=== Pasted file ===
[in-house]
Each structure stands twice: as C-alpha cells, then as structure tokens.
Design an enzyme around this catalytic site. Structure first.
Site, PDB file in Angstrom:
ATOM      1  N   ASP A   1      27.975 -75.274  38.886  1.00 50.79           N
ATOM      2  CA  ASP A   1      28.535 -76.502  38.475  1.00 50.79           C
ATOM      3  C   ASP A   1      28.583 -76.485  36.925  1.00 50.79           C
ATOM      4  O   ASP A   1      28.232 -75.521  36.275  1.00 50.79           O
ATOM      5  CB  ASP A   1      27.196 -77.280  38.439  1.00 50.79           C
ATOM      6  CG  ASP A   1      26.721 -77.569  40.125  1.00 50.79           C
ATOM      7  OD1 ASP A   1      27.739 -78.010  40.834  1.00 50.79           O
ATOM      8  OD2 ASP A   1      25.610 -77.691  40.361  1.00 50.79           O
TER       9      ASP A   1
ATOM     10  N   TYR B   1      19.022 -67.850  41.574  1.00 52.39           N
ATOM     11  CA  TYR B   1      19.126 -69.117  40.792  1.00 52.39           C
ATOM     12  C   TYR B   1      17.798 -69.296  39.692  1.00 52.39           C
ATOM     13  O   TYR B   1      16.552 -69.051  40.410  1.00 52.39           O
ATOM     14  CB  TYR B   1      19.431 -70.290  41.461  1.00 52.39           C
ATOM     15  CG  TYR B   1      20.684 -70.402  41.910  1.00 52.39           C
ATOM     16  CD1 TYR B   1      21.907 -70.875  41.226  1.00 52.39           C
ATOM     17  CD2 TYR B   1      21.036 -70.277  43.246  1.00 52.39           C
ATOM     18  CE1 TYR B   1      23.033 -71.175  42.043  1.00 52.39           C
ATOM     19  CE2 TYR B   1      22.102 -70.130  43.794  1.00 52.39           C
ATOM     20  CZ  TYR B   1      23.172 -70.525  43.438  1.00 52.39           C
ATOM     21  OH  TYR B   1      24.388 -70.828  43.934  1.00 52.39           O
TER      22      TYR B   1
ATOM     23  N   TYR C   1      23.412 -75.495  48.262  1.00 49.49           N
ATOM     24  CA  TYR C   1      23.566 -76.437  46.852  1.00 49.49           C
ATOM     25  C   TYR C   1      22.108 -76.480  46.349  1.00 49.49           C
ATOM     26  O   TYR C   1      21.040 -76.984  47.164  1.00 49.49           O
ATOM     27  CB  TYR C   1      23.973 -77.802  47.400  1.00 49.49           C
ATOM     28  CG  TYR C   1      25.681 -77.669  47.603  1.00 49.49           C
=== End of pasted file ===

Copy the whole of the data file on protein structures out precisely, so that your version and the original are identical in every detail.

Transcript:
[in-house]
Each structure stands twice: as C-alpha cells, then as structure tokens.
Design an enzyme around this catalytic site. Structure first.
Site, PDB file in Angstrom:
ATOM      1  N   ASP A   1      27.975 -75.274  38.886  1.00 50.79           N
ATOM      2  CA  ASP A   1      28.535 -76.502  38.475  1.00 50.79           C
ATOM      3  C   ASP A   1      28.583 -76.485  36.925  1.00 50.79           C
ATOM      4  O   ASP A   1      28.232 -75.521  36.275  1.00 50.79           O
ATOM      5  CB  ASP A   1      27.196 -77.280  38.439  1.00 50.79           C
ATOM      6  CG  ASP A   1      26.721 -77.569  40.125  1.00 50.79           C
ATOM      7  OD1 ASP A   1      27.739 -78.010  40.834  1.00 50.79           O
ATOM      8  OD2 ASP A   1      25.610 -77.691  40.361  1.00 50.79           O
TER       9      ASP A   1
ATOM     10  N   TYR B   1      19.022 -67.850  41.574  1.00 52.39           N
ATOM     11  CA  TYR B   1      19.126 -69.117  40.792  1.00 52.39           C
ATOM     12  C   TYR B   1      17.798 -69.296  39.692  1.00 52.39           C
ATOM     13  O   TYR B   1      16.552 -69.051  40.410  1.00 52.39           O
ATOM     14  CB  TYR B   1      19.431 -70.290  41.461  1.00 52.39           C
ATOM     15  CG  TYR B   1      20.684 -70.402  41.910  1.00 52.39           C
ATOM     16  CD1 TYR B   1      21.907 -70.875  41.226  1.00 52.39           C
ATOM     17  CD2 TYR B   1      21.036 -70.277  43.246  1.00 52.39           C
ATOM     18  CE1 TYR B   1      23.033 -71.175  42.043  1.00 52.39           C
ATOM     19  CE2 TYR B   1      22.102 -70.130  43.794  1.00 52.39           C
ATOM     20  CZ  TYR B   1      23.172 -70.525  43.438  1.00 52.39           C
ATOM     21  OH  TYR B   1      24.388 -70.828  43.934  1.00 52.39           O
TER      22      TYR B   1
ATOM     23  N   TYR C   1      23.412 -75.495  48.262  1.00 49.49           N
ATOM     24  CA  TYR C   1      23.566 -76.437  46.852  1.00 49.49           C
ATOM     25  C   TYR C   1      22.108 -76.480  46.349  1.00 49.49           C
ATOM     26  O   TYR C   1      21.040 -76.984  47.164  1.00 49.49           O
ATOM     27  CB  TYR C   1      23.973 -77.802  47.400  1.00 49.49           C
ATOM     28  CG  TYR C   1      25.681 -77.669  47.603  1.00 49.49           C